Justice Department Sues Tennessee For Criminalizing HIV

Manoj Prasad

On Thursday, the Justice Department sued Tennessee and its Bureau of Investigation, claiming they violated the ADA by prosecuting people living with HIV.

Federal prosecutors are saying Tennessee’s law on “aggravated prostitution” is deeply unfair. This turns the crime into a felony, and if the person has HIV, he or she may face more than ten years in prison. And understand this, it’s not even about whether they actually spread the virus or not, it’s just because of their disability. This is completely illegal discrimination.

The lawsuit shows that the Justice Department is actually cracking down on state laws that unfairly target and punish people living with HIV without any legitimate reason related to public health.

In Tennessee, there’s this law called 39-13-516 that they call “aggravated prostitution.” This is basically when someone living with HIV is charged with prostitution, but instead of it being just a regular misdemeanor, it is raised to a felony.

If you are caught with misdemeanor prostitution in the state, you may have to spend 6 months behind bars and pay $500 in fines. But if you are living with HIV and are found guilty under the strict law, you may have to face 3-15 years in jail and a hefty fine of $10,000. Crazy, right?

Someone’s HIV status alone can make a difference in a harsher sentence, even if they have proven there is no real risk of transmission or intent to transmit.

The Justice Department is suing because they think the law against aggravated prostitution runs afoul of the ADA, which says you can’t discriminate against people with disabilities unless the government has a good reason to.

Federal lawyers are saying that punishing people more harshly just because they have HIV doesn’t really help public health and actually shows that people still don’t understand how HIV is spread and what it involves. There are risks involved.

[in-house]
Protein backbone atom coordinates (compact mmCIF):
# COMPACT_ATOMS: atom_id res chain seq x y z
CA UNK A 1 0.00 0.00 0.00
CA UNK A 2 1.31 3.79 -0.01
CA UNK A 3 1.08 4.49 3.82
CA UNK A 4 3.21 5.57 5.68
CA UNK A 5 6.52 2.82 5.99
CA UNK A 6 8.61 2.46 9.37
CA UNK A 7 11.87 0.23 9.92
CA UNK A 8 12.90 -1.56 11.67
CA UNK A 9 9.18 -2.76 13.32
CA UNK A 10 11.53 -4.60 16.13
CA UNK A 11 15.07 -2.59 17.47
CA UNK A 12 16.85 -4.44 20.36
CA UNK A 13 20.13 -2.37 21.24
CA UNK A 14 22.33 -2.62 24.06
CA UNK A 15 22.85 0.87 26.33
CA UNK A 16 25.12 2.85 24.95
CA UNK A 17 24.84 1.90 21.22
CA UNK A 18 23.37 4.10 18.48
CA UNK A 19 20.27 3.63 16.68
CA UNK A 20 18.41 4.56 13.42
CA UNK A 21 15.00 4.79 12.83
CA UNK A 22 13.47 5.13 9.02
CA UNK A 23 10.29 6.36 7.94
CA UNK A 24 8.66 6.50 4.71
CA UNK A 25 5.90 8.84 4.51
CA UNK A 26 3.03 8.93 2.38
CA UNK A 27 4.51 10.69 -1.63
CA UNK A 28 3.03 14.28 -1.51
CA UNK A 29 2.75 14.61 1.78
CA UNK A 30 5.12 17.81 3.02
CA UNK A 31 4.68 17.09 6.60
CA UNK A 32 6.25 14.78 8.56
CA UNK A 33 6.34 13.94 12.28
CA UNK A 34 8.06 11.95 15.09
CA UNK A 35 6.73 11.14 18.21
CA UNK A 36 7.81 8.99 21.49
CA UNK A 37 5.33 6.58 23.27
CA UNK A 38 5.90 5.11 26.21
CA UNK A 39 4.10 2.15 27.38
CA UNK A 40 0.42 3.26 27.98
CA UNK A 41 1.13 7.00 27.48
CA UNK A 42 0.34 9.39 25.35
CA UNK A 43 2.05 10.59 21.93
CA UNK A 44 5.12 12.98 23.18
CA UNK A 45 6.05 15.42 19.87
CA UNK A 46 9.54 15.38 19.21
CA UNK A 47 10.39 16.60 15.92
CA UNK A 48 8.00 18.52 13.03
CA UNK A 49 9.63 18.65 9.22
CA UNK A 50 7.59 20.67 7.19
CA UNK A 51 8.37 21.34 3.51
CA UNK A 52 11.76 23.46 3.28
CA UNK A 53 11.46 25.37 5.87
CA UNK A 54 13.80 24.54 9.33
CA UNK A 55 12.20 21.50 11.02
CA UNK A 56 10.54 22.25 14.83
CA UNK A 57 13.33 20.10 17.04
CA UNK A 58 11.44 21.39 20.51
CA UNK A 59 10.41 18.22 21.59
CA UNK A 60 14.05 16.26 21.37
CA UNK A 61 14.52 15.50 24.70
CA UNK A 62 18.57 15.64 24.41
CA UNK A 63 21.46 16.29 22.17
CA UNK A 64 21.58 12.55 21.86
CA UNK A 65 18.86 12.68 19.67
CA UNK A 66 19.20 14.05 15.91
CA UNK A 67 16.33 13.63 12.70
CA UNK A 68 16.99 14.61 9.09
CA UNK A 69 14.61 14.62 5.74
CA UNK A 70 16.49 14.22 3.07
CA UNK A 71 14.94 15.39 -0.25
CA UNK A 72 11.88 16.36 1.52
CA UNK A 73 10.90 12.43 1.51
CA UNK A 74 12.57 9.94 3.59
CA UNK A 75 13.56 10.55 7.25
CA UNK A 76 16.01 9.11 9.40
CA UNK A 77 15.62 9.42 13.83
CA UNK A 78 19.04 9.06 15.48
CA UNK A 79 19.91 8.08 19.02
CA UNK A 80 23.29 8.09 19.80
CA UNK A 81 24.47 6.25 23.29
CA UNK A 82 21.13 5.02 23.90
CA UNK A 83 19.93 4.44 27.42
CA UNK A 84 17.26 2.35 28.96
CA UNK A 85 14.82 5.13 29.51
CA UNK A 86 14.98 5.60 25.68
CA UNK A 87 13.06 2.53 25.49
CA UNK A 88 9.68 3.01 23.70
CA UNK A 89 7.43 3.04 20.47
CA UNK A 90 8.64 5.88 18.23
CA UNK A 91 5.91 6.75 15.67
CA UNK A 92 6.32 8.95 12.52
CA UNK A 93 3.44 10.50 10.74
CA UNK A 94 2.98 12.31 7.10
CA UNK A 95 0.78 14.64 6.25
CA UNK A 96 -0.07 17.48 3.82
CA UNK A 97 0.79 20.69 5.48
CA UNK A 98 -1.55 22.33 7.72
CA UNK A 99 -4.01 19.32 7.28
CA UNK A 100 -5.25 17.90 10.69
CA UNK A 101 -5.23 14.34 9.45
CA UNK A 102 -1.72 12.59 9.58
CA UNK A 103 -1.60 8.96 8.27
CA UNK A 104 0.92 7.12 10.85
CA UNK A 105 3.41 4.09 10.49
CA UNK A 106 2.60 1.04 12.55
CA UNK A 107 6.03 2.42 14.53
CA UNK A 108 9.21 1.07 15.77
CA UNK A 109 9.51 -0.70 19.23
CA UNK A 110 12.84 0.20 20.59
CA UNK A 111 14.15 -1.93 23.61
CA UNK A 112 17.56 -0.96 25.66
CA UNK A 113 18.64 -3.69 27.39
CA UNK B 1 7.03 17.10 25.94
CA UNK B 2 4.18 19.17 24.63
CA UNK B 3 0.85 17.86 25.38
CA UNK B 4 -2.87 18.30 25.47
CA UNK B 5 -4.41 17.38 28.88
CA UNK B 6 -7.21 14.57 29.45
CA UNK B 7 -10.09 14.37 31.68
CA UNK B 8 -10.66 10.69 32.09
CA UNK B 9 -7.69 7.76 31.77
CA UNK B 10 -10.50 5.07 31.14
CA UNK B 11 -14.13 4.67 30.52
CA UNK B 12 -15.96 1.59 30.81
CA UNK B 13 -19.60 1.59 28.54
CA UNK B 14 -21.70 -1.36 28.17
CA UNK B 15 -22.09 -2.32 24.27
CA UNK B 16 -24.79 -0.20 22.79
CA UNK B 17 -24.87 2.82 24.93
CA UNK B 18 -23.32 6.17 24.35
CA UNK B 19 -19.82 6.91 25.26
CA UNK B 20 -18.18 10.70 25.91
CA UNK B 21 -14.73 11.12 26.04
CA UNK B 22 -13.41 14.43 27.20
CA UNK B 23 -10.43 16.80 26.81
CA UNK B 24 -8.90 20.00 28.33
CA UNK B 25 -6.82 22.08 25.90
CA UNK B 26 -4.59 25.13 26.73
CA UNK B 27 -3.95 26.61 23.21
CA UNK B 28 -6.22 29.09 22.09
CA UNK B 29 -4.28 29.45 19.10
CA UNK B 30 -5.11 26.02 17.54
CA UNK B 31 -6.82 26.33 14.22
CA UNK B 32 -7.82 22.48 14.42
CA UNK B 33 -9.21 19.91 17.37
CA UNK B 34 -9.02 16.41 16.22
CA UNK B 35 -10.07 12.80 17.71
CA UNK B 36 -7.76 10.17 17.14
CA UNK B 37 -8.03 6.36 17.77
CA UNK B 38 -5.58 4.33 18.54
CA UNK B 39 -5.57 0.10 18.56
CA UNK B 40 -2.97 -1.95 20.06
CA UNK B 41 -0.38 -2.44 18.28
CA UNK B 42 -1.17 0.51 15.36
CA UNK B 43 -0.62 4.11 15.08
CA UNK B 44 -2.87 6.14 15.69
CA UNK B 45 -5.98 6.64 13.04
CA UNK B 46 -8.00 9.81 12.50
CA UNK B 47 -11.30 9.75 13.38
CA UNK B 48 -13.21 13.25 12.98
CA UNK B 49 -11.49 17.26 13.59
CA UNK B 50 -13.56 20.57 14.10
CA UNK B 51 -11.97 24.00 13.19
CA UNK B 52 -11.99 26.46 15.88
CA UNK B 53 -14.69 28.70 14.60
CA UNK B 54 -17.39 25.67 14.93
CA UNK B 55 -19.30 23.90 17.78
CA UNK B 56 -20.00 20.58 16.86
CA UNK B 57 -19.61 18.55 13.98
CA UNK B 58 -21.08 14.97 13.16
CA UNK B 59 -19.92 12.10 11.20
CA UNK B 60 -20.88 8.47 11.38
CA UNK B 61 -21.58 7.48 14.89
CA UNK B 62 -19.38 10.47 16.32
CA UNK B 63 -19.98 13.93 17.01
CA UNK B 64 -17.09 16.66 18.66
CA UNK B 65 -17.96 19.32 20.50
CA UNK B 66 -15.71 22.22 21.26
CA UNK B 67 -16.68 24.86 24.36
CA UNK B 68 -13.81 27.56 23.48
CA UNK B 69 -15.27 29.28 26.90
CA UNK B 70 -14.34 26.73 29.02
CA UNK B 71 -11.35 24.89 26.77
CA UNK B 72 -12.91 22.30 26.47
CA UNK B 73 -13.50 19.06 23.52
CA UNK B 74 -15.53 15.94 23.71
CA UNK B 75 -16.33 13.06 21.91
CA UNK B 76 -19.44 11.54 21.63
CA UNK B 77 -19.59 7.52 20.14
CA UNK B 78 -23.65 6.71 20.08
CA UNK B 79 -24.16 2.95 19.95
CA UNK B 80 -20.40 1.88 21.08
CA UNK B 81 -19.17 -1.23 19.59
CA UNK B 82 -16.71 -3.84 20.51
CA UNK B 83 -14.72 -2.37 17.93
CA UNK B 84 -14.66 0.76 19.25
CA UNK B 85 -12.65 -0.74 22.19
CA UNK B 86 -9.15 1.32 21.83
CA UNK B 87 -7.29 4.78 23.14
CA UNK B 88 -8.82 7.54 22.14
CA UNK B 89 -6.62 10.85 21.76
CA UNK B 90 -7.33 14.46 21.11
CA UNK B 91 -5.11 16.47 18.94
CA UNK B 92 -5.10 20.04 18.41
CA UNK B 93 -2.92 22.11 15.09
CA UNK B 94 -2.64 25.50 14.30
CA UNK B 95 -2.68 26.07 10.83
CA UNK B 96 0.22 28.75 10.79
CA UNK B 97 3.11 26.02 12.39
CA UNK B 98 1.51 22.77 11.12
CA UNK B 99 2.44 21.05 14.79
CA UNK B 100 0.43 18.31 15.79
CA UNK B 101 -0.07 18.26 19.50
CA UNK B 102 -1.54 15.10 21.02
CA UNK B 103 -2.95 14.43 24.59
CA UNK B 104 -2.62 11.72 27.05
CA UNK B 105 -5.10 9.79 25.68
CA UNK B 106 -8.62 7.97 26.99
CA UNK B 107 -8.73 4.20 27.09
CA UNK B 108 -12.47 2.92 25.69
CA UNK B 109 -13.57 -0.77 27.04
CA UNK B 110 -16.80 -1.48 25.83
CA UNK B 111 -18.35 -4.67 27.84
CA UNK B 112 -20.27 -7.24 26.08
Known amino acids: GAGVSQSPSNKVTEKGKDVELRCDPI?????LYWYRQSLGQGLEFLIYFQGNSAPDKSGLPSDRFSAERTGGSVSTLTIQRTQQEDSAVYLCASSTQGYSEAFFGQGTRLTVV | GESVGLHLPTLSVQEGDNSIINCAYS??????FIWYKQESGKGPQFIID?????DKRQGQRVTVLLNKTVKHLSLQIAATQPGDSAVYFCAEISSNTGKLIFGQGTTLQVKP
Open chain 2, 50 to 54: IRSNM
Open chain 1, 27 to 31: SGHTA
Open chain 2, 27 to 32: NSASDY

Even more worrying, according to federal officials, is that individuals who are found guilty under this law have to deal with additional discrimination and stigma because they are required to register as sex offenders and publicly disclose their HIV status. The situation has to be disclosed.

The Justice Department’s complaint reveals the serious impact prostitution has on people with disabilities.

There is a person who is going through hard times, facing homelessness and unemployment due to housing and work restrictions for people on the criminal registry. Furthermore, he is always worried about people finding out about his HIV status.

Another woman was busted on serious prostitution charges and had to stay away from her children for three whole years because of state regulations.

Assistant AG Kristen Clark said the lawsuit was part of the DOJ’s larger mission to prevent the use of criminal law against vulnerable groups.

Clark said people living with HIV should not have to deal with a different justice system just because of outdated ideas and misconceptions.

The lawsuit wants the courts to stop Tennessee from strictly enforcing prostitution laws against people with HIV. The DOJ may also take a closer look at similar laws in six other states.

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